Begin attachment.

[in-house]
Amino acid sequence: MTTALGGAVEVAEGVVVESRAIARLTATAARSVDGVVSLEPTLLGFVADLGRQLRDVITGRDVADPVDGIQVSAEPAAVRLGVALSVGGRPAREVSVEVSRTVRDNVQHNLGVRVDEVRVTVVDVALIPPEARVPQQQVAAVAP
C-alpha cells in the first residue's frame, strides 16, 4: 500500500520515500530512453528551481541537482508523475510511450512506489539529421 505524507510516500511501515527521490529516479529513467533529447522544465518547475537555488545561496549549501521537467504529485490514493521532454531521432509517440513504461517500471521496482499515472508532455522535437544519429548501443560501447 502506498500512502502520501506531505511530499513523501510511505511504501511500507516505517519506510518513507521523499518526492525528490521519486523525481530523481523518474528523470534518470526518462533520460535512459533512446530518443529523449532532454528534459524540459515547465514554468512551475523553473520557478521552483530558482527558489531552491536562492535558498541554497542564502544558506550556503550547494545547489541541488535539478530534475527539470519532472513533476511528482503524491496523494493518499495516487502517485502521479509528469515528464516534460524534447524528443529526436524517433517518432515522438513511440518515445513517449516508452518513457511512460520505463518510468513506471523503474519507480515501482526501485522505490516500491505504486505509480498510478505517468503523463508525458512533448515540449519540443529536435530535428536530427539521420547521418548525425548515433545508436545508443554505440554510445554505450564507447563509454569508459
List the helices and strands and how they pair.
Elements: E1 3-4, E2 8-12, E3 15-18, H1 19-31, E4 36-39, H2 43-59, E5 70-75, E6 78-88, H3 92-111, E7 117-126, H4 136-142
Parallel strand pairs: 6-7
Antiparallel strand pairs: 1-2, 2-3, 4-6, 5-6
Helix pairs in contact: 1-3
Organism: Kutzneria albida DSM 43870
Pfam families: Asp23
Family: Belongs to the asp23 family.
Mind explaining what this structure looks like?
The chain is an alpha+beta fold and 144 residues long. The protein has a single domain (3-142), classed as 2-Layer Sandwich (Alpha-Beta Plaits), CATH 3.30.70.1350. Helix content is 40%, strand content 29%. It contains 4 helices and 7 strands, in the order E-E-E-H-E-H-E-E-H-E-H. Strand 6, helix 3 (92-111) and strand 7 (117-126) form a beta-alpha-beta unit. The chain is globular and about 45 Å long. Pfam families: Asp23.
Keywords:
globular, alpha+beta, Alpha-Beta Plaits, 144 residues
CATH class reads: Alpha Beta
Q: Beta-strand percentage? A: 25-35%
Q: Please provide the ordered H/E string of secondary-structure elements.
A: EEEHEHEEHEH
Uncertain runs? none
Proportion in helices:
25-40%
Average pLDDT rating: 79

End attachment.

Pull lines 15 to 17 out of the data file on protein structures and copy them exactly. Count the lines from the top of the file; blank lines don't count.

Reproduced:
globular, alpha+beta, Alpha-Beta Plaits, 144 residues
CATH class reads: Alpha Beta
Q: Beta-strand percentage? A: 25-35%